Copyright © Reed Business Information, a division of Reed Elsevier Inc. All rights reserved.
Publishers Weekly - Publisher's Weekly
One of the most controversial veterans of the U.S. Navy's amphibious commando unit, whose troops are known as SEALs, Marcinko describes his combat adventures in Southeast Asia and his counterterrorist activities. A 10-week PW bestseller in cloth. Photos. (Mar.)
Newgate Callendar
So much action that the reader scarcely has time to breathe...bloody...innocent fun.
Kirkus Reviews
The stormy career of a top Navy SEAL hotspur. Commander Marcinko, USN Ret., recently served time at Petersburg Federal Prison for conspiracy to defraud the Navy by overcharging for specialized equipment—the result, he says, of telling off too many admirals. It seems that his ornery and joyous aggression, nurtured by a Czech grandfather in a flinty Pennsylvania mining town, has brought him to grief in peace and to brilliance in war. Serving his first tour in Vietnam in 1966 as an enlisted SEAL expert in underwater demolition, Marcinko returned for a second tour as an officer leading a commando squad he had trained. Here, his accounts of riverine warfare—creeping underwater to Vietcong boats and slipping over their gunwales; raiding VC island strongholds in the South China Sea; steaming up to the Cambodian border to tempt the VC across and being overrun—are galvanic, detailed, and told with a true craftsman's love. What did he think of the Vietcong? "The bastards—they were good." His battle philosophy? "...kill my enemy before he has a chance to kill me....Never did I give Charlie an even break." After the aborted desert rescue of US hostages in the Tehran embassy, Marcinko was ordered to create SEAL Team Six—a counterterrorist unit with worldwide maritime responsibilities. In 1983, the unit was deployed to Beirut to test the security of the US embassy there. Easily evading the embassy security detail, sleeping Lebanese guards, and the Marines, the SEALs planted enough fake bombs to level the building. When Marcinko spoke to "a senior American official" about the problem, the SEAL's blunt security advice was rejected, particularly in respect to car-bomb attacks.Ninety days later, 63 people in the embassy compound were killed by a suicide bomber driving a TNT-filled truck. Profane and asking no quarter: the real nitty-gritty, bloody and authentic. (Eight-page photo insert—not seen.)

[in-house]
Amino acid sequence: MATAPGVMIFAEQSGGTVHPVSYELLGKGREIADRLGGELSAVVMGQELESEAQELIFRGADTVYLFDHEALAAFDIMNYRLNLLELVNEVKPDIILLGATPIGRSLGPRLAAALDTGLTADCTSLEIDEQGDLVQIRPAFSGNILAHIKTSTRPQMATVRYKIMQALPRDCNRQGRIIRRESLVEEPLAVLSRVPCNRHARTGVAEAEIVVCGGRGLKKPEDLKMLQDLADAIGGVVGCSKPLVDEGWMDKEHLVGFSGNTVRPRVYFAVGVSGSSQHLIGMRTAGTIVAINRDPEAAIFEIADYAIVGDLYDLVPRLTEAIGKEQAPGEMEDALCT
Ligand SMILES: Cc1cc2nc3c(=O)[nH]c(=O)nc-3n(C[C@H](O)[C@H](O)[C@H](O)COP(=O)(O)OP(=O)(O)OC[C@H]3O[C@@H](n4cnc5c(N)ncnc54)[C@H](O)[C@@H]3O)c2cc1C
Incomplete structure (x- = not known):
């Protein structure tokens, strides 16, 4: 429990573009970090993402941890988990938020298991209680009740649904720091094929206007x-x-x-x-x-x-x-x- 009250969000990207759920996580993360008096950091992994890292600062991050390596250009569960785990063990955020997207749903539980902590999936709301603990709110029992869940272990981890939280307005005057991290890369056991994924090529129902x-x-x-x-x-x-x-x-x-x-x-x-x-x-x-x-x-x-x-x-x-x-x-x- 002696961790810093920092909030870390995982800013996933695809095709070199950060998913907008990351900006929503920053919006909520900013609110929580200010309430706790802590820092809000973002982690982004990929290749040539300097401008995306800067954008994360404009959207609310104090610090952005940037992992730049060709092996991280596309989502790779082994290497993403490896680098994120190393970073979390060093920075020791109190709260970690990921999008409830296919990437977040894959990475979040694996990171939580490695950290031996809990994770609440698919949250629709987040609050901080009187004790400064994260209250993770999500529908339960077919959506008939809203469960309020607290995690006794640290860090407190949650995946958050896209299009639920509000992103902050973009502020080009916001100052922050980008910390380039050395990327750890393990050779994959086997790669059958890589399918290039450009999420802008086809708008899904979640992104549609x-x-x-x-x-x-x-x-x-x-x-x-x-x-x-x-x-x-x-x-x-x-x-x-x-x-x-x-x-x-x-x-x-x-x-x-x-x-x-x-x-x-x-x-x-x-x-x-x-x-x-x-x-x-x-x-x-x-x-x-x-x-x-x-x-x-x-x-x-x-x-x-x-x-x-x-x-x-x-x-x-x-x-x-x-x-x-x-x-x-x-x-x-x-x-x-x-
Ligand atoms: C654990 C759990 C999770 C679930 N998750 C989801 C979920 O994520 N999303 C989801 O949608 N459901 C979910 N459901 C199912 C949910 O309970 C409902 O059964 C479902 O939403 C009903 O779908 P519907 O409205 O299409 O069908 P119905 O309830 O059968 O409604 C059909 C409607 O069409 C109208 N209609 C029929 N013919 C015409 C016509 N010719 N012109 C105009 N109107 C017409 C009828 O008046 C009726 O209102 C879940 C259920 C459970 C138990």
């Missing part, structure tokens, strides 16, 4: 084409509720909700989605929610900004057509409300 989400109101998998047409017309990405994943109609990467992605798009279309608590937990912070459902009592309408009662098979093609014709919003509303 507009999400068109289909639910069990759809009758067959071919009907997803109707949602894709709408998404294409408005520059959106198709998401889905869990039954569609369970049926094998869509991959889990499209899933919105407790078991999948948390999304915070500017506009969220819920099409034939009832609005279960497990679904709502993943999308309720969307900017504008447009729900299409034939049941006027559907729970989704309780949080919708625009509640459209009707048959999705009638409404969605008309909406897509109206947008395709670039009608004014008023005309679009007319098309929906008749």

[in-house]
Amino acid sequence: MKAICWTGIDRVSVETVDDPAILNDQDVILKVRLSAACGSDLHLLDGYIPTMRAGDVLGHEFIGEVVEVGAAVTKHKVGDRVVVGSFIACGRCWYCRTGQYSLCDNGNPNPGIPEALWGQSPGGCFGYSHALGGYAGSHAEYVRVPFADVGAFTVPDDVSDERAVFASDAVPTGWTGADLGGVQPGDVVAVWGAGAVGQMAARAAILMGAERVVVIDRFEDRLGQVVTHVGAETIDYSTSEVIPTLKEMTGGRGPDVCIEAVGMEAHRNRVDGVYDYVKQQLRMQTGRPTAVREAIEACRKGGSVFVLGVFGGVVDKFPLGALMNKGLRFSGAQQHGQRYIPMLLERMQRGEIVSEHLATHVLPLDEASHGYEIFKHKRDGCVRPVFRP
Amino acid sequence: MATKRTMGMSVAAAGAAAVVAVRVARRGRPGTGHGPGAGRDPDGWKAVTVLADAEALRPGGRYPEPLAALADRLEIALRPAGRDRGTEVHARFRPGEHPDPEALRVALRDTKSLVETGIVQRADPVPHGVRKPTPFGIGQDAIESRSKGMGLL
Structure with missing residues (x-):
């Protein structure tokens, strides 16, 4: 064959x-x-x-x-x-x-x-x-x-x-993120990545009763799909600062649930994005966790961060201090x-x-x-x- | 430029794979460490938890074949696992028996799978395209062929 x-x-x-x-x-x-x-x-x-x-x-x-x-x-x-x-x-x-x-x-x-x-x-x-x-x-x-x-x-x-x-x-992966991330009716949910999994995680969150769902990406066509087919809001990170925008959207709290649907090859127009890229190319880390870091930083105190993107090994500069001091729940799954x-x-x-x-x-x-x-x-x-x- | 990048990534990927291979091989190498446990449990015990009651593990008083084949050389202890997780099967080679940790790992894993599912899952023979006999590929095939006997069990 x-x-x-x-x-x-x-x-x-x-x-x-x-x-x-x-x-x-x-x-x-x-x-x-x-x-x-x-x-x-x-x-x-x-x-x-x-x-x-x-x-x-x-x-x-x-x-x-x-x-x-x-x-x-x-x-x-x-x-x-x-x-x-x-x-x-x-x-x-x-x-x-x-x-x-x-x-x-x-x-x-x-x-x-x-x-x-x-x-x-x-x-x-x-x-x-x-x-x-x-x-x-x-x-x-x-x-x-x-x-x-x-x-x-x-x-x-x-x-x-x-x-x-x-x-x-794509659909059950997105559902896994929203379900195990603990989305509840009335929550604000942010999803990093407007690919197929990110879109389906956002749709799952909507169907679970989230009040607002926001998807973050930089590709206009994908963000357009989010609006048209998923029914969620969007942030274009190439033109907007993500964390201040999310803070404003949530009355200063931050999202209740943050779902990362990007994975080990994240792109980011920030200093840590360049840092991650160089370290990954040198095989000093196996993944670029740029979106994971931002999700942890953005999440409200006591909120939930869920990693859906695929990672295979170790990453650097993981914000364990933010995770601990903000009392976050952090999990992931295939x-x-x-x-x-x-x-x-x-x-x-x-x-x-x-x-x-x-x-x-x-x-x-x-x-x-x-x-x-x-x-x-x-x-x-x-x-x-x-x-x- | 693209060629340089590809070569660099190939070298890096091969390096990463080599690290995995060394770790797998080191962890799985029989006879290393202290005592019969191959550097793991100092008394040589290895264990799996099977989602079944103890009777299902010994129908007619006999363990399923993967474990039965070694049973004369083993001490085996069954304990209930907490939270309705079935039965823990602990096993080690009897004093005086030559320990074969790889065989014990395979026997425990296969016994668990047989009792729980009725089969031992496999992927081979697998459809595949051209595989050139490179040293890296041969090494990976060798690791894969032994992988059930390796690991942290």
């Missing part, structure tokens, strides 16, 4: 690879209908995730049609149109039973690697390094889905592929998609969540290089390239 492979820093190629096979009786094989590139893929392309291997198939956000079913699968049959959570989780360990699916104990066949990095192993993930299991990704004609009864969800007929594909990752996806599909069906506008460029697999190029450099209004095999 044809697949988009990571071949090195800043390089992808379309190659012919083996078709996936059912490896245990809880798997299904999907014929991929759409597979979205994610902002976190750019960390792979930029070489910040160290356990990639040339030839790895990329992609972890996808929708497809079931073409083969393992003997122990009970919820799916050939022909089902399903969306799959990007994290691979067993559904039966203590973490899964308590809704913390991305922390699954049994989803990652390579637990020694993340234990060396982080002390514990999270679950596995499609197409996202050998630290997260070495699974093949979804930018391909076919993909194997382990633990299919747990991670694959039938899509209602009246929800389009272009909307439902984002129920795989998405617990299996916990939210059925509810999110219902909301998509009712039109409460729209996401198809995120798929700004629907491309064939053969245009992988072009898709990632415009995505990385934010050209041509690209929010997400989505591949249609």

From the Publisher
“Marcinko is a master at showing us his world. Marcinko’s stories are as vivid as they are real. He’s been there, and he has the talent to take us with him."—Larry Bond, New York Times bestselling author of Dangerous Ground

“Once you start reading you won't be able to stop! It's a rare treat to read a thriller that is uproariously, gloriously and unrepentantly hilarious.”—David Hagberg, USA Today bestselling author of Dance With the Dragon on The Rogue Warrior: Dictator's Ransom